Evaluation of a fluidized bed heat exchanger as a heat source in steam cracking process for olefins production

Examensarbete för masterexamen
Master Thesis
Sustainable energy systems (MPSES), MSc
Saliba, Anthony
One of the main problems today is global warming and the need for more efficient energy use. Industry in general holds almost a third of global emissions and energy demand, and in turn the petrochemical industry holds a share of more than 30% of the industrial emissions. In specific, the production of olefins by steam cracking holds a significant share of the petrochemical CO2 emissions and energy demand. Steam cracking involves highly endothermic reactions that require high temperatures and superheated steam to crack hydrocarbons (ex: ethane, naphtha…) into a combination of products including ethylene and propylene. The reactions occur in reactor tubes that hang inside a furnace and the required energy is provided by combustion of fossil fuels inside the furnace. In this paper, a fluidized bed heat exchanger (FBHE) using metal oxides as active bed material (also referred to as oxygen carrier aided combustion or OCAC) was investigated as an alternative to the furnace used in today’s steam cracking plants. The key advantage of a FBHE is its good heat transfer capability which allows for many potential benefits including lower temperature levels and less fuel consumption in the furnace. The advantages with active bed material include improved oxygen and fuel mixing in the dense bed (allowing more combustion to occur in the dense bed itself), use of very low excess air ratios, and achieving more uniform temperature distribution in the bed. A base case reflecting a typical ethane steam cracking process was chosen for reference and comparison with the FBHE alternative and the case was modelled in Aspen Plus. The focus of the model was the reactor tube, and a simplified reaction network and kinetics based on common and verified models from literature was used. However, the complete steam cracking plant layout and equipment were included in the Aspen model. Then an extensive literature review was conducted to select the FBHE dimensions, bed material, operating conditions, and heat transfer properties. The temperature required in the bed was then calculated and verified against the heat flux requirements in the reactor tube. The resulting temperature level, fuel consumption, and flue gas composition were noted to evaluate the benefits of using the FBHE. Finally, a sensitivity analysis on the heat transfer coefficient in the FBHE and on the reactor tube was conducted. The study showed that with the fluidized bed heat exchanger with oxygen carrier aided combustion an excess air ratio of 1.03 and an outside heat transfer coefficient (hout) of 600 W/m2.K could be used. As a result, the temperature in the furnace could be reduced by 1940C (down to 10640C) and fuel consumption by 48.5% while maintaining the same operating conditions as the base case. Sensitivity analysis showed that increasing values of the outside heat transfer coefficient have a decreasing impact on the temperature and fuel consumption. For the reactor tube, sensitivity analysis showed that the coil outlet temperature (COT) has the biggest effect on ethylene yield. In addition, there is an optimum range of operation for the steam to hydrocarbon ratio and COT at which the ethylene yield is maximized.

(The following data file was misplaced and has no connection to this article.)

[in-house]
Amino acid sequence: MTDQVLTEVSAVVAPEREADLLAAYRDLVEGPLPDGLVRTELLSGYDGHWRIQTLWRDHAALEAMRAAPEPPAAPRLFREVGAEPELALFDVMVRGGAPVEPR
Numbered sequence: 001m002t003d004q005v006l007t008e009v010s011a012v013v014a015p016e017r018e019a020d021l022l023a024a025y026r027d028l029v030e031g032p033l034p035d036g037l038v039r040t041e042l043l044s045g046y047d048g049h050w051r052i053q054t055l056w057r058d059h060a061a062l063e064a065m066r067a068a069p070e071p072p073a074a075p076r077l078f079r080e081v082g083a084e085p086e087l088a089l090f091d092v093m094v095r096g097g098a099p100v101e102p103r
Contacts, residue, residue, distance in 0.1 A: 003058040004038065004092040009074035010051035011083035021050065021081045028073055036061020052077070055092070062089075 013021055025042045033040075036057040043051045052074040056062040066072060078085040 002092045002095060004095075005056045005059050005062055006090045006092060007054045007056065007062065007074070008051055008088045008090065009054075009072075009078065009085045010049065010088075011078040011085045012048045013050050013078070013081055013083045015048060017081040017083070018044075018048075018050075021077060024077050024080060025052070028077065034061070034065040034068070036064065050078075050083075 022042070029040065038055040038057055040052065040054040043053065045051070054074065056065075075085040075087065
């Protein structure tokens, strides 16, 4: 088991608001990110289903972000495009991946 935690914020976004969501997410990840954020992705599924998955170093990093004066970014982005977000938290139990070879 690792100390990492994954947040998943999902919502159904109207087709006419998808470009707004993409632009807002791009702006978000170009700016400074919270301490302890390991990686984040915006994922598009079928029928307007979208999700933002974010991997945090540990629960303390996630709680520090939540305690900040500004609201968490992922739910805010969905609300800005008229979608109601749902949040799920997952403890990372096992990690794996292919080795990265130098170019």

Energi , Hållbar utveckling , Energiteknik , Energy , Sustainable Development , Energy Engineering
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